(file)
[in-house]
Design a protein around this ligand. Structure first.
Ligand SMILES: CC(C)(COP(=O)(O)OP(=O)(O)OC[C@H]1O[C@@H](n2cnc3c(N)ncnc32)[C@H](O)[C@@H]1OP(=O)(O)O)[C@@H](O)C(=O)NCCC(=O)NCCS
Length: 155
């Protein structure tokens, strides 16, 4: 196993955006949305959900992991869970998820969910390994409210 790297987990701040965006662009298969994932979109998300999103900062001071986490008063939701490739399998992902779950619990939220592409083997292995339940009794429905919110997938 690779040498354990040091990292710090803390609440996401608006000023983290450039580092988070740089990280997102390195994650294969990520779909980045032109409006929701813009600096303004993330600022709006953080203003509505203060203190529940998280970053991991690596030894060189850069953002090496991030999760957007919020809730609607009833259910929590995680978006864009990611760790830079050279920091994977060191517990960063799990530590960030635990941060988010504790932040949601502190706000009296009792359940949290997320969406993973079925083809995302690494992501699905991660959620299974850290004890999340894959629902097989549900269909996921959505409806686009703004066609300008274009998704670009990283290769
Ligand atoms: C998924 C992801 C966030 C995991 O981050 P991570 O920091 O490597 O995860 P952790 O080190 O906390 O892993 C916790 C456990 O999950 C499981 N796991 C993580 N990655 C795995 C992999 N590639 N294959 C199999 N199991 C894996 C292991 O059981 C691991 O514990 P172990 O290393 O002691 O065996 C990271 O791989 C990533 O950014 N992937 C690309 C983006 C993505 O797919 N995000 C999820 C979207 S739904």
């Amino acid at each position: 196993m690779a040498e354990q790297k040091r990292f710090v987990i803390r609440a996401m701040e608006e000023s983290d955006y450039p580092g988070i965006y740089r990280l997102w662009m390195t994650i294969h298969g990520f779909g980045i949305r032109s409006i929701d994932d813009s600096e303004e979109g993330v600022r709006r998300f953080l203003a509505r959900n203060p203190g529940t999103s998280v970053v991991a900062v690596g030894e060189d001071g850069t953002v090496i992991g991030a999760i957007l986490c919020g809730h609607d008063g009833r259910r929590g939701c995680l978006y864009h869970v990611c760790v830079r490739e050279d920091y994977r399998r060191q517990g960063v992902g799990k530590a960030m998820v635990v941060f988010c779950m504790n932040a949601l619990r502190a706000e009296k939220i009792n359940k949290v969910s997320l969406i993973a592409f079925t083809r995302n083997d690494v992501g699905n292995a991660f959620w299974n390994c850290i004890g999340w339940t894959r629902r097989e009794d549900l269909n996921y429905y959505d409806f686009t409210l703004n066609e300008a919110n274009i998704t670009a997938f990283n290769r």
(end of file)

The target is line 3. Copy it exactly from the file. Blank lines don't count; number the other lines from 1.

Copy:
Ligand SMILES: CC(C)(COP(=O)(O)OP(=O)(O)OC[C@H]1O[C@@H](n2cnc3c(N)ncnc32)[C@H](O)[C@@H]1OP(=O)(O)O)[C@@H](O)C(=O)NCCC(=O)NCCS